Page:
‘Strong Suggestion that Patients are Doing Better’
“It is clear that this therapy is safe as used in this study and there is a strong suggestion that the patients are doing better than would be expected long term,” said senior author Roberta Ballard, MD, a neonatologist and professor of Pediatrics at UCSF Benioff Children’s Hospital San Francisco. “It would be very encouraging if we find that an inexpensive old drug, costing $60 per infusion, rather than a new drug that costs more than $2 billion to develop may prevent untold suffering. A larger trial will allow a definitive answer to whether there should be a change in clinical care for this devastating condition.”
HIE occurs in 1 to 3 per 1,000 full-term births. It accounts for 22 percent of annual neonatal deaths worldwide, totaling 814,000 deaths in 2008, according to the Child Health Epidemiology Reference Group of the World Health Organization and the United Nations Children’s Fund.
“We’re hopeful that EPO not only reduces the extent of brain injury, but also allows the brain to be more effective at repairing itself during the recovery process,” Wu said. “While research with more participants is needed to determine whether EPO saves lives, we are heartened by the fact that among those infants that survived, the degree of brain injury was generally less severe than in the placebo group.”
The study was supported by funding from the Thrasher Research Fund. The researchers had no financial conflicts to report.
Co-authors are Elizabeth Rogers, MD, Fernando Gonzalez, MD, and Hannah Glass, MDCM, all of UCSF; Amit Mathur, MD, and Robert McKinstry, MD, of Washington University School of Medicine, St. Louis; Taeun Chang, MD, and An Massaro, MD, of Children’s National Health Systems, Washington, D.C.; Sarah Mulkey, MD, PhD, of University of Arkansas Medical Sciences, Little Rock; Dennis Mayock, MD, Sandra Juul, MD, PhD, Bryan Comstock, MS, Katherine Tan, BS, and Patrick Heagerty, PhD, all of University of Washington, Seattle; Krisa Van Meurs, MD, and Sonia Bonifacio, MD, of Stanford University School of Medicine, Palo Alto, Calif.; Michael Msall, MD, of Comer Children’s Hospital, Chicago; and Lawrence Dong, MD, of Kaiser Santa Clara, Calif.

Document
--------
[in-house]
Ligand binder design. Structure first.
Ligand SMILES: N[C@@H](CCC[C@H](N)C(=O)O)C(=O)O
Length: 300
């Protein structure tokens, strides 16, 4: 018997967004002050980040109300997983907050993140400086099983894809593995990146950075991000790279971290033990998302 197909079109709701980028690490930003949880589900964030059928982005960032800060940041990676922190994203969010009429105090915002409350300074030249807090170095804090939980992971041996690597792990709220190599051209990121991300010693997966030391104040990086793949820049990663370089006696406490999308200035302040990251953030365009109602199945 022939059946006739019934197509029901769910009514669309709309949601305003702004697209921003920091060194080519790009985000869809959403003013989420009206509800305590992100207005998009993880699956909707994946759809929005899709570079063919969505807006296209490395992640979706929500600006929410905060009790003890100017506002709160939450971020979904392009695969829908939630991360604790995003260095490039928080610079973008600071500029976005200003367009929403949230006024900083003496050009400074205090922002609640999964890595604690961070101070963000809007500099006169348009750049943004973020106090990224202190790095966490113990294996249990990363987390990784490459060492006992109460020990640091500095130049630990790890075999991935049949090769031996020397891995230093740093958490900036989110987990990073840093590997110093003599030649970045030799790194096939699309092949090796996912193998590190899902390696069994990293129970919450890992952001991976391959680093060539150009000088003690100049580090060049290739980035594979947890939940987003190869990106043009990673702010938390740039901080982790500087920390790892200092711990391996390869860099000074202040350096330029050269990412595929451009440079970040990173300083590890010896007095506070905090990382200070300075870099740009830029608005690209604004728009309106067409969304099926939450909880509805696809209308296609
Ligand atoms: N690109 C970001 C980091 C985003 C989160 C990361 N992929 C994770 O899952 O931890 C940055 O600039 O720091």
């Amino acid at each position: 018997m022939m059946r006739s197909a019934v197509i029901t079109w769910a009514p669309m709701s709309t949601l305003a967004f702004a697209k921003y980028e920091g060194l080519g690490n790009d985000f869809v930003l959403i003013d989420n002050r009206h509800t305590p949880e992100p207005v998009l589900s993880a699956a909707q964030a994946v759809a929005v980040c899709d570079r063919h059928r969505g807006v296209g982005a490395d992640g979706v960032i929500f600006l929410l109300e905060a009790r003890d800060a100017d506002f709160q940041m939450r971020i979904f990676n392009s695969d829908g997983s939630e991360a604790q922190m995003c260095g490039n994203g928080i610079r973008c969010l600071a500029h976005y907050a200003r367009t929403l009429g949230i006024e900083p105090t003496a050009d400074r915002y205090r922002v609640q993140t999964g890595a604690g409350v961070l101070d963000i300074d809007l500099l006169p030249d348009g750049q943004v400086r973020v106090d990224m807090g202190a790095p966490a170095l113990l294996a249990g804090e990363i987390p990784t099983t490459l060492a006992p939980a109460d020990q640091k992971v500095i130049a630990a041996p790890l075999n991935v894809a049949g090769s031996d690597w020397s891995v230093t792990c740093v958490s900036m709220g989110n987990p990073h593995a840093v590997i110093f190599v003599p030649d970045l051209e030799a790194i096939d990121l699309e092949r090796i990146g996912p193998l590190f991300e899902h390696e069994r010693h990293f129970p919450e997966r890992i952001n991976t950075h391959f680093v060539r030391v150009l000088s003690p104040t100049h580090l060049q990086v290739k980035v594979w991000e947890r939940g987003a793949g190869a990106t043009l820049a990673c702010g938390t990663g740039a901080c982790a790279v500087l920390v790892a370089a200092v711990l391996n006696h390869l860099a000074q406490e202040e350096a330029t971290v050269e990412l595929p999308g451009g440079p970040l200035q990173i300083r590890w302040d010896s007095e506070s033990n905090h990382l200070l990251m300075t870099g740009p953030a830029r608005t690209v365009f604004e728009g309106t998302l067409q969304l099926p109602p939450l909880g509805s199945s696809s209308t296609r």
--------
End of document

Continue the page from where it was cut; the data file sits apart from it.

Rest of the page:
UC San Francisco (UCSF) is a leading university dedicated to promoting health worldwide through advanced biomedical research, graduate-level education in the life sciences and health professions, and excellence in patient care. It includes top-ranked graduate schools of dentistry, medicine, nursing and pharmacy; a graduate division with nationally renowned programs in basic, biomedical, translational and population sciences; and a preeminent biomedical research enterprise. It also includes UCSF Health, which comprises top-ranked hospitals, UCSF Medical Center and UCSF Benioff Children’s Hospitals in San Francisco and Oakland – and other partner and affiliated hospitals and healthcare providers throughout the Bay Area.